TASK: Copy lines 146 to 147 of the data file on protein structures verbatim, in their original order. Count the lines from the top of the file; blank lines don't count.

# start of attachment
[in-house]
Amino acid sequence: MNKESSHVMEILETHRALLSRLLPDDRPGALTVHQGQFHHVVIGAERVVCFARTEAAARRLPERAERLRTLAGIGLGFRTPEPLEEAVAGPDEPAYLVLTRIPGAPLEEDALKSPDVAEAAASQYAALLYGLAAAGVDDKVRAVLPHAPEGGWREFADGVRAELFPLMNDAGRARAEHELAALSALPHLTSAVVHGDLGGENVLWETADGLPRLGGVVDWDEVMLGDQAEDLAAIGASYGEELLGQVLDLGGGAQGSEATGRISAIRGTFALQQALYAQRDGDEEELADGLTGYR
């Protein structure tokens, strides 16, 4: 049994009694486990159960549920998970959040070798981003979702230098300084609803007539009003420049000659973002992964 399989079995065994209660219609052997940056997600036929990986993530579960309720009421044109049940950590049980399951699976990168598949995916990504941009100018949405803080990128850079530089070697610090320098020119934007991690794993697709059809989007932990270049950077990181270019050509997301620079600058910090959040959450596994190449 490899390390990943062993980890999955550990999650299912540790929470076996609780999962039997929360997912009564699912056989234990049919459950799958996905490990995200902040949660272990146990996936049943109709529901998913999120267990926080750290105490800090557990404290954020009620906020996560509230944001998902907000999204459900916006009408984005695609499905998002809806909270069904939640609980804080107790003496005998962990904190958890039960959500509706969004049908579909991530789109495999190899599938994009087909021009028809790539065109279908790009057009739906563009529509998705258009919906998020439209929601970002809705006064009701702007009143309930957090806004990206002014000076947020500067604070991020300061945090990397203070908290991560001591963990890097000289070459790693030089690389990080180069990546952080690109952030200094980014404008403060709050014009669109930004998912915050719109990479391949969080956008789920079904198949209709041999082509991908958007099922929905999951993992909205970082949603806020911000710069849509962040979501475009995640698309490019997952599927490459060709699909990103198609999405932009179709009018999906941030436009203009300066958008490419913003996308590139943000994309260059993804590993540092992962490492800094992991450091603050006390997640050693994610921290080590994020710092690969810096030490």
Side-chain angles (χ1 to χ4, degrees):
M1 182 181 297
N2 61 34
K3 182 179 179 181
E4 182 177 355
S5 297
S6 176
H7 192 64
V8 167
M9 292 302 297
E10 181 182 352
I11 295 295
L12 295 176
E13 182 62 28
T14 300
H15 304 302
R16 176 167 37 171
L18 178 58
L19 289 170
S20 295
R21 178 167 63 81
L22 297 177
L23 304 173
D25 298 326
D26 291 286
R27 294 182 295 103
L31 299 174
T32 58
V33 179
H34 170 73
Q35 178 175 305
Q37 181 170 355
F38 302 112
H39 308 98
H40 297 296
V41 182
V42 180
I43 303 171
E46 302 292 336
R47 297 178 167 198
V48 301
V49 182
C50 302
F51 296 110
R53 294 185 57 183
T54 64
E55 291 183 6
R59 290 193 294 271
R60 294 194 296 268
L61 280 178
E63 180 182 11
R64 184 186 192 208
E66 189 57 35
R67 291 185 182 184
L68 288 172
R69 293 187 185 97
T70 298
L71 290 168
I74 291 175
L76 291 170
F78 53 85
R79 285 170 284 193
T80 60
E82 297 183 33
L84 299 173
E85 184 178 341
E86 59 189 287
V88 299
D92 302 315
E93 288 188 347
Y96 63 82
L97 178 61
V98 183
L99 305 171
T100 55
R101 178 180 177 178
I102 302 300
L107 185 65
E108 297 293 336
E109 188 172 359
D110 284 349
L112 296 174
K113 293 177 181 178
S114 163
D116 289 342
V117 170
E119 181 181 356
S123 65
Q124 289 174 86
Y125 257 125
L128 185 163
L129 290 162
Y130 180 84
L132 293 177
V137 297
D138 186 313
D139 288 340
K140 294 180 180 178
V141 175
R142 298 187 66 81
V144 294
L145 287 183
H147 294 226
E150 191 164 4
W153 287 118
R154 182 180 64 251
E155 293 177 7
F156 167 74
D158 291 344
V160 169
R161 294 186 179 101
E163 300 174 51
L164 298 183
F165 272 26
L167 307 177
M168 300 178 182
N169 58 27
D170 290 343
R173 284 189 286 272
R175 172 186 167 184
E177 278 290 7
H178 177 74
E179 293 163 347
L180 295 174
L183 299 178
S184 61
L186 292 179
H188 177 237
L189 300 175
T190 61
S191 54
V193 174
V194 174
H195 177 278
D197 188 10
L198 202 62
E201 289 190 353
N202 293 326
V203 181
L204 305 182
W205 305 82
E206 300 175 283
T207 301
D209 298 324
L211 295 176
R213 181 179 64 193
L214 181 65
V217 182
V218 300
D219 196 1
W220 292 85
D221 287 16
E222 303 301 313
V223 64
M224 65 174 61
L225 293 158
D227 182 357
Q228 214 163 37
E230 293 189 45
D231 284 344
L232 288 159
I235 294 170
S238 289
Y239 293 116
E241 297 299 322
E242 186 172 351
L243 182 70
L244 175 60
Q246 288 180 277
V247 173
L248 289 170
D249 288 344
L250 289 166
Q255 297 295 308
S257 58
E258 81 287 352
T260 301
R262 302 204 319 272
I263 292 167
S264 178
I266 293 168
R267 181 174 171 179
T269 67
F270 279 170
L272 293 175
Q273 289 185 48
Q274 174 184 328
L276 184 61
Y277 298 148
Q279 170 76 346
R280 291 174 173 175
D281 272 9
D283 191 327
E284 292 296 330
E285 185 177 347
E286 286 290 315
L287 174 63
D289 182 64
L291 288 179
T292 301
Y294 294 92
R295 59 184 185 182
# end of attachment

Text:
T207 301
D209 298 324